There's little question that Apple (AAPL 0.06%) has secured a place in business history. The success of the iPod, iPhone, iPad, and Mac computers, along with the company's growing ecosystem of services, has catapulted Apple into the annals of tech superstardom and driven its market cap to nearly $2.5 trillion, the highest of any publicly traded U.S. company.

However, a frequent refrain from Apple bears is that the company has no worlds left to conquer. With the smartphone market nearing saturation, newer models and upgrades will only take Apple so far. The iPhone maker has responded by focusing on its services business, which could someday overtake its products segment as Apple's primary revenue generator.

In fact, one of the company's services -- which started out as a punchline -- has the potential to drive Apple stock even higher.

A family with young children huddled on the couch watching television in a dimly lit room.

Image source: Getty Images.

The little engine that could

After years of speculation, Apple debuted its streaming video service -- Apple TV+ -- in November, 2019, and suffice it to say expectations were muted. The service was quickly dubbed an "also ran," debuting to lukewarm reviews, as well as laughter and derision among the Hollywood set. The service had little more than a dozen programs when it launched, leaving many to ask, "Why bother?" 

Fast forward nearly two years, and the iPhone maker may be having the last laugh. Apple TV+ has grown to roughly 40 million subscribers, though roughly half of those are on free trials. While that's a far cry from the 209 million Netflix (NASDAQ: NFLX) reported to close out the June quarter and the 116 million that subscribe to Disney+, it's enough to place Apple TV+ among the streaming elite. 

Adding fuel to the fire

Now that it has a foothold, Apple has big plans for the black sheep of the family. In the coming year, the iPhone maker plans to ramp up its output of movies and television shows, planning new releases each week, according to a report in The Information. If that sounds familiar, it should: Apple is taking a page directly from Netflix's playbook, offering new shows every week. Additionally, at twice the rate of its current release schedule, this would mark a significant increase in Apple's available programming. That's not all. The company plans to spend heavily in marketing its video service in 2022, spending more than $500 million to promote Apple TV+.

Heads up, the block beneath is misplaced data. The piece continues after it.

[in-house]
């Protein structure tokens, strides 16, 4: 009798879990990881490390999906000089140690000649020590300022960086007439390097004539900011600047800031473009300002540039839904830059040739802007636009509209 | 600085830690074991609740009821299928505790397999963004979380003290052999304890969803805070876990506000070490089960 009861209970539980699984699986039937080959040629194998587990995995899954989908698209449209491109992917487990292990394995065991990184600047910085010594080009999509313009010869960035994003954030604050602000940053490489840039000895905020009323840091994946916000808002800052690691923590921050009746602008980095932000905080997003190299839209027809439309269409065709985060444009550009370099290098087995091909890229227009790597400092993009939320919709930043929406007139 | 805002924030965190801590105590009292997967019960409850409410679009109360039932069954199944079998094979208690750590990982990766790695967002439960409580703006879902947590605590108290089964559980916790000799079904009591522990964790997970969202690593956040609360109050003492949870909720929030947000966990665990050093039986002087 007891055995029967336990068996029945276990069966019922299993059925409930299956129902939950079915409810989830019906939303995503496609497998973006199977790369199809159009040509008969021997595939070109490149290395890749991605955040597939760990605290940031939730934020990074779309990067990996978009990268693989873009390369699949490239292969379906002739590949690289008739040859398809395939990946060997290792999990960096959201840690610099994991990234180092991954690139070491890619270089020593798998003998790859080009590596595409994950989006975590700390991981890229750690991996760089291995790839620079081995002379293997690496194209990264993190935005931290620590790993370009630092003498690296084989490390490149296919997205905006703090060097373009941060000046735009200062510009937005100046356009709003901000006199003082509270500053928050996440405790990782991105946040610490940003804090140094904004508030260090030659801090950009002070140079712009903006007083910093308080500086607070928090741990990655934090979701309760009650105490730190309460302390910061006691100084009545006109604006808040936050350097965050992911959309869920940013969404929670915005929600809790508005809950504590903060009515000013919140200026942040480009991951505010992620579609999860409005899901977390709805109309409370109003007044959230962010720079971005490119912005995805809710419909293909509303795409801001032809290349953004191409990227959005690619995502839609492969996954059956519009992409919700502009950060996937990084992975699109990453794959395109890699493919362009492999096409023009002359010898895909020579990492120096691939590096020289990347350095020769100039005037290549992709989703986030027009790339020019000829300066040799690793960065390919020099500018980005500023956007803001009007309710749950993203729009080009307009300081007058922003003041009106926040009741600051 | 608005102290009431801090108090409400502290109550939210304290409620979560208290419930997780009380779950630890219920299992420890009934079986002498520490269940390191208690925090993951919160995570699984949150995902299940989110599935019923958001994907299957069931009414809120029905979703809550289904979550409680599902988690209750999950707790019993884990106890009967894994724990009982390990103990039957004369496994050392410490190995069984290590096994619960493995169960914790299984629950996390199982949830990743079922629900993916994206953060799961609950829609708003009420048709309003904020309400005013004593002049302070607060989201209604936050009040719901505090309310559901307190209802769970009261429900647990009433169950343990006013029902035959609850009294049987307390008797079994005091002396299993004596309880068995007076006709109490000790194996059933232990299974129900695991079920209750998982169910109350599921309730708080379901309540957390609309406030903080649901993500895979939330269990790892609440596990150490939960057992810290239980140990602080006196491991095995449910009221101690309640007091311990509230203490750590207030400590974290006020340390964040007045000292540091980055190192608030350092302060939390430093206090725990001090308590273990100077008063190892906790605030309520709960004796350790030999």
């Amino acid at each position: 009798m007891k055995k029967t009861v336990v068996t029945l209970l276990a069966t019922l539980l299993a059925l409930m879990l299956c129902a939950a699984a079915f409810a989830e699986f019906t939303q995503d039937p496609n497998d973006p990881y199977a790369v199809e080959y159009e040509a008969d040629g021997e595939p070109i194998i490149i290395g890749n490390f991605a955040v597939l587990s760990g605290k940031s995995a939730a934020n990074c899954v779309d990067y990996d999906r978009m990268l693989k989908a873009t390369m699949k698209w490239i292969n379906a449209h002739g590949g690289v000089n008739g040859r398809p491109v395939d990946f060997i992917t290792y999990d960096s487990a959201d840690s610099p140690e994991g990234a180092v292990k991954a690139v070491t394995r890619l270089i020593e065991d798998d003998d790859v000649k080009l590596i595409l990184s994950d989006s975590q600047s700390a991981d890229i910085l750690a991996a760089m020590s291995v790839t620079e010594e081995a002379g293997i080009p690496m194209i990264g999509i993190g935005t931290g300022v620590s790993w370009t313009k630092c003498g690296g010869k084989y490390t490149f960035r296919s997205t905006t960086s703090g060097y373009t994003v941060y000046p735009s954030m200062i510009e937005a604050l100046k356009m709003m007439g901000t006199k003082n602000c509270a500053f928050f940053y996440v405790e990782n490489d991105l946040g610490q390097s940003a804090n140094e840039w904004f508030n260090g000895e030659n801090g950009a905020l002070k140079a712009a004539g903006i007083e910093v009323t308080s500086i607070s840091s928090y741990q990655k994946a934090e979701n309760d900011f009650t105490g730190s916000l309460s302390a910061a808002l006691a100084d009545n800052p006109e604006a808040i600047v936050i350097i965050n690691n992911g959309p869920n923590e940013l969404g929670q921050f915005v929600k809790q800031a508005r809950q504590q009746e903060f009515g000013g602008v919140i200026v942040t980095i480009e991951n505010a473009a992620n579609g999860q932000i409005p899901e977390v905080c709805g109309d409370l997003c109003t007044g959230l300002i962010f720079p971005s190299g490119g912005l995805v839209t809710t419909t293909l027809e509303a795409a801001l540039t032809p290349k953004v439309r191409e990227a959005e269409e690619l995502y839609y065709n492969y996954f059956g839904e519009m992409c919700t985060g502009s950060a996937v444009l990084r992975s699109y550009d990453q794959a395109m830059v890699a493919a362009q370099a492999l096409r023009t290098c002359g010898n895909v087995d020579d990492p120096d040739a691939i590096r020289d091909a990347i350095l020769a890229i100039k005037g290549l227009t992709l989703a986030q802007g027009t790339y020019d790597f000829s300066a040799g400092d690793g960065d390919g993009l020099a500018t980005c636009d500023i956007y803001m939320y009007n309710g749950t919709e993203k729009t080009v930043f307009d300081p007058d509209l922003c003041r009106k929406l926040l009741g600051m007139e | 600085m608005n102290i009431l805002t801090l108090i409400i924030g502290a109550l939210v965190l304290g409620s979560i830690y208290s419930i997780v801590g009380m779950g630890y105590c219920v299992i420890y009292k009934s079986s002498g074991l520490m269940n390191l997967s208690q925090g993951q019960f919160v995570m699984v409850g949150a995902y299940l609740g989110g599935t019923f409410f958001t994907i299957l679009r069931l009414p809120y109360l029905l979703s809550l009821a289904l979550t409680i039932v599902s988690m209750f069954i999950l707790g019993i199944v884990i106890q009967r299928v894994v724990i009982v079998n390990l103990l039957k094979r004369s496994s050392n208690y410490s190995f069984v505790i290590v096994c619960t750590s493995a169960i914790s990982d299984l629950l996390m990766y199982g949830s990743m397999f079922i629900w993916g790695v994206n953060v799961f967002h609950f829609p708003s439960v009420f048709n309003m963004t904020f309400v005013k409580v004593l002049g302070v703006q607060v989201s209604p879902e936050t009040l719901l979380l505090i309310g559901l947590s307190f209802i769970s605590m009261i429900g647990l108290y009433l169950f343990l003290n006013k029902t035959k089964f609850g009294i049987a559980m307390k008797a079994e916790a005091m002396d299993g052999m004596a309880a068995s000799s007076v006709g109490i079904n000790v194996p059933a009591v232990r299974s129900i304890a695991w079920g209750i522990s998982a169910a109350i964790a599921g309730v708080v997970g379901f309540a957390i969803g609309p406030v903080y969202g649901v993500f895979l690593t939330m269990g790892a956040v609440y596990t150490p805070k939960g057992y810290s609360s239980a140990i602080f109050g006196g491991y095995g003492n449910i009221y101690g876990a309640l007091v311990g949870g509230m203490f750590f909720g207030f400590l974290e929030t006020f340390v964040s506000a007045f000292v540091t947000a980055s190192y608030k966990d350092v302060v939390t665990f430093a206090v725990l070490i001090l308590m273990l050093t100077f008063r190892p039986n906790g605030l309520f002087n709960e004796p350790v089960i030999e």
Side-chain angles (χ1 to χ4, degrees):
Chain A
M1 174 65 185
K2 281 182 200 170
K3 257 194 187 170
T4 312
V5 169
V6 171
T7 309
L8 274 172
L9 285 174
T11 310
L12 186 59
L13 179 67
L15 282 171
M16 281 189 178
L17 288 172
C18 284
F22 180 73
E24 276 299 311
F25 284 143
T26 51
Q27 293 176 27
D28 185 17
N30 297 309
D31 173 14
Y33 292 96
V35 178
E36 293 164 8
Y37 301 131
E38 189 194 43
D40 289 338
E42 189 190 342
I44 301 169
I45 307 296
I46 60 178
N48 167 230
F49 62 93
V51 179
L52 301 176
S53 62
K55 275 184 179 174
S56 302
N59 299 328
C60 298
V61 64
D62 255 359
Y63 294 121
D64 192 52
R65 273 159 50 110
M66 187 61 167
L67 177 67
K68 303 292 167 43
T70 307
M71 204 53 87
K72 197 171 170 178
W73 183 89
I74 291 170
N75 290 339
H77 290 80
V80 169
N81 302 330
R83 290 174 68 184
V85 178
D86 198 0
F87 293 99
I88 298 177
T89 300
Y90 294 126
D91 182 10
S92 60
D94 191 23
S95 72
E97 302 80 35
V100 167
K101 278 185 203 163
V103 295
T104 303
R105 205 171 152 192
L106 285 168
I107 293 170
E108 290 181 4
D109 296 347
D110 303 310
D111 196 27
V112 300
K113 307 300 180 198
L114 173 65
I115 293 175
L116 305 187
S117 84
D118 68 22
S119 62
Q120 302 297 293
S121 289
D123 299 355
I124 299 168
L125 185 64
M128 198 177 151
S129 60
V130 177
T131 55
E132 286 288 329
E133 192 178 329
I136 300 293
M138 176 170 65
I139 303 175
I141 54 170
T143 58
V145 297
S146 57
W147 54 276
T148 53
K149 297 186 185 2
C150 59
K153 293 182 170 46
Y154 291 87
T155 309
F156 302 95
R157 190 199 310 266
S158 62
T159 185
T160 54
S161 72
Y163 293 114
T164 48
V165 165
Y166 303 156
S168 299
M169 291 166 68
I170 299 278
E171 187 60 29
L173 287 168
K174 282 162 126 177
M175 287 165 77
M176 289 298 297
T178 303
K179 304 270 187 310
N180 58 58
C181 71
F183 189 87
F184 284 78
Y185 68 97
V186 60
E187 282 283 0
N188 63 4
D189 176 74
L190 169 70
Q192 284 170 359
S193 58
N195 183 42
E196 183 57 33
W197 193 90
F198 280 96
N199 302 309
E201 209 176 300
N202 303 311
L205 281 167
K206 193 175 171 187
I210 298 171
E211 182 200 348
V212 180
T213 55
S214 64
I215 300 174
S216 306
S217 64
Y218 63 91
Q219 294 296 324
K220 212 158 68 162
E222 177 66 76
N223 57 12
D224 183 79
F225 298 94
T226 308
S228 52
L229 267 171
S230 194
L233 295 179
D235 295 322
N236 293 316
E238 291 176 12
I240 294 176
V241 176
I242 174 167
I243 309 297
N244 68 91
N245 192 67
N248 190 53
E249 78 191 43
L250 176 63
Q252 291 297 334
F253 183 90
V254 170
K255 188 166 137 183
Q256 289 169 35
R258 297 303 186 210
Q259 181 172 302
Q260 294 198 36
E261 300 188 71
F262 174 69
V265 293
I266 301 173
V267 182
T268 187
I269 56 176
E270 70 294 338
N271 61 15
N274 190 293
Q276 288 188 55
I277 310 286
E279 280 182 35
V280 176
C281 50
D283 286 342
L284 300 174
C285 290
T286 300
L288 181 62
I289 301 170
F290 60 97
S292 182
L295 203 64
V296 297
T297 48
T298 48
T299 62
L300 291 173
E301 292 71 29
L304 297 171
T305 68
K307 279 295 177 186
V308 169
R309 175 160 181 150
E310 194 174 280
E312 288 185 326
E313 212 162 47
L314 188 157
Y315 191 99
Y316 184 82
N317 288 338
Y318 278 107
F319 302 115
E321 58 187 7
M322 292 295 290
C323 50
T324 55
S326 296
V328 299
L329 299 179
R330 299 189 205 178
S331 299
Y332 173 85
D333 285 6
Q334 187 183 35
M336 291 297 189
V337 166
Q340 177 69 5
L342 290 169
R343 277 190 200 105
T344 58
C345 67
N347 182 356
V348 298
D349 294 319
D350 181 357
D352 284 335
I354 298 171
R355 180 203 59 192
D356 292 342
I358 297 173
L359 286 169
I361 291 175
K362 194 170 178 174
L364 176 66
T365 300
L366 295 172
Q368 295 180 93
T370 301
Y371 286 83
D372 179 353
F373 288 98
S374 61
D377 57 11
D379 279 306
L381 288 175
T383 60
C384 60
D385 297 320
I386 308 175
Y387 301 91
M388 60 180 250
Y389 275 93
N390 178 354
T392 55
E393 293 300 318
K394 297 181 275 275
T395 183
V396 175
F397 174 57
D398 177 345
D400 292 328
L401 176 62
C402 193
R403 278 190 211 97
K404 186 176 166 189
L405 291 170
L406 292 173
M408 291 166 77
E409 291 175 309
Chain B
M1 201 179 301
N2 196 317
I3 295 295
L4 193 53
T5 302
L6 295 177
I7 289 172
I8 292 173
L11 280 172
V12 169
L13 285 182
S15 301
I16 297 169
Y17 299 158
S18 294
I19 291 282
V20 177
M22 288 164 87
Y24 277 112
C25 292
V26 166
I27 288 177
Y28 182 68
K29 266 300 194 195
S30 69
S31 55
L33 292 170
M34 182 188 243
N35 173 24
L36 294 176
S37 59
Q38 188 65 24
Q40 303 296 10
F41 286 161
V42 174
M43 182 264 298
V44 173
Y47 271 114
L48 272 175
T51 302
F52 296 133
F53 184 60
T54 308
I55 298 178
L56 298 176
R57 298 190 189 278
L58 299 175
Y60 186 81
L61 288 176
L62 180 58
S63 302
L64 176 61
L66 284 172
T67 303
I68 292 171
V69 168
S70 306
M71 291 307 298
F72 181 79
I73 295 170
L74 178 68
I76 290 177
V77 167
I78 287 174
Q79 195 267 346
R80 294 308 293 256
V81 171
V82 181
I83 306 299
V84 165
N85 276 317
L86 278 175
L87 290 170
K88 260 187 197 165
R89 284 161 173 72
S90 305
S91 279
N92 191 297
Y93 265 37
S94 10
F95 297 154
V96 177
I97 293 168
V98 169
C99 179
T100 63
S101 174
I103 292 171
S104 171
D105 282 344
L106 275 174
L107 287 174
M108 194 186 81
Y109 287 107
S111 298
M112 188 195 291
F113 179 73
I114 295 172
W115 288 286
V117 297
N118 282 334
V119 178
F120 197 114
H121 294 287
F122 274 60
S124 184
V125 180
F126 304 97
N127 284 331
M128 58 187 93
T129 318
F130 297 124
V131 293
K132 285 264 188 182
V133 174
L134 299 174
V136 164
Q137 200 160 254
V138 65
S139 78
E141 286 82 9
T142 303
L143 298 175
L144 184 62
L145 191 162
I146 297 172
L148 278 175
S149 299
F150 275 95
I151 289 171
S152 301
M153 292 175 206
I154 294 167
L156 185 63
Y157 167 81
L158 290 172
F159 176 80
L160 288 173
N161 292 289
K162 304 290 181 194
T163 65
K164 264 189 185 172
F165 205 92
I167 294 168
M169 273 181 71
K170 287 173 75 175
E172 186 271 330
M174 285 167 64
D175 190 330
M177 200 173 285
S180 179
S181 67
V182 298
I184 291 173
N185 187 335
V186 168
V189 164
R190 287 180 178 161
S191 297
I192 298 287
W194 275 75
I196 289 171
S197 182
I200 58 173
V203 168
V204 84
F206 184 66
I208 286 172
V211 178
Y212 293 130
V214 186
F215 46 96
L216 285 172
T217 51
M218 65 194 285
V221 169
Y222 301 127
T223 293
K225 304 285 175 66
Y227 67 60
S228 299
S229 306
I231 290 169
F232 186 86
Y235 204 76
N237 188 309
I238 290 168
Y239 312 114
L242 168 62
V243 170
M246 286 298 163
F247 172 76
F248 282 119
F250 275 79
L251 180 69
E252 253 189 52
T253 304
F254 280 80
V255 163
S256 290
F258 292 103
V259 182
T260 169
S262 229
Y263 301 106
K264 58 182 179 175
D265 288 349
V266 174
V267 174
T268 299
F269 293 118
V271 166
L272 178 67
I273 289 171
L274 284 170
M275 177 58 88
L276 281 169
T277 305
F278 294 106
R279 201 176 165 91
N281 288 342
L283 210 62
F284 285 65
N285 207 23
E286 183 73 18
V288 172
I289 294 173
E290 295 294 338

A group of young adults sitting at the bottom of a long, outside staircase while looking at smartphones.

Image source: Getty Images.

Recent programming efforts, including Ted Lasso, Billie Eilish: The Word's A Little Blurry, Wolfwalkers, and 1971: The Year Music Changed Everything, have garnered both popular and critical acclaim. These wins increase the likelihood that Apple TV+ subscribers will stick around, allowing the company to build on its current viewer base.

A powerful growth engine

There's little question that cord-cutting is accelerating. Since its peak in early 2012, more than 19 million subscribers have abandoned pay-tv, with more than 5 million jumping ship last year alone. More viewers than ever are joining the streaming revolution. In fact, the average U.S. household now subscribes to four streaming services. This gives Apple a large and growing opportunity to tap.

Through the first three quarters of fiscal 2021, Apple's services have generated sales of more than $39 billion, or roughly 19% of the company's total revenue. Apple doesn't break out its services business, but at best, streaming video will likely contribute roughly $1.1 billion to total revenue this year, which is still a drop in the bucket -- leaving plenty of room for future growth. 

If Apple continues to add premium quality programming to its content library at its current breakneck pace, it won't be long before its streaming business is a powerhouse in its own right.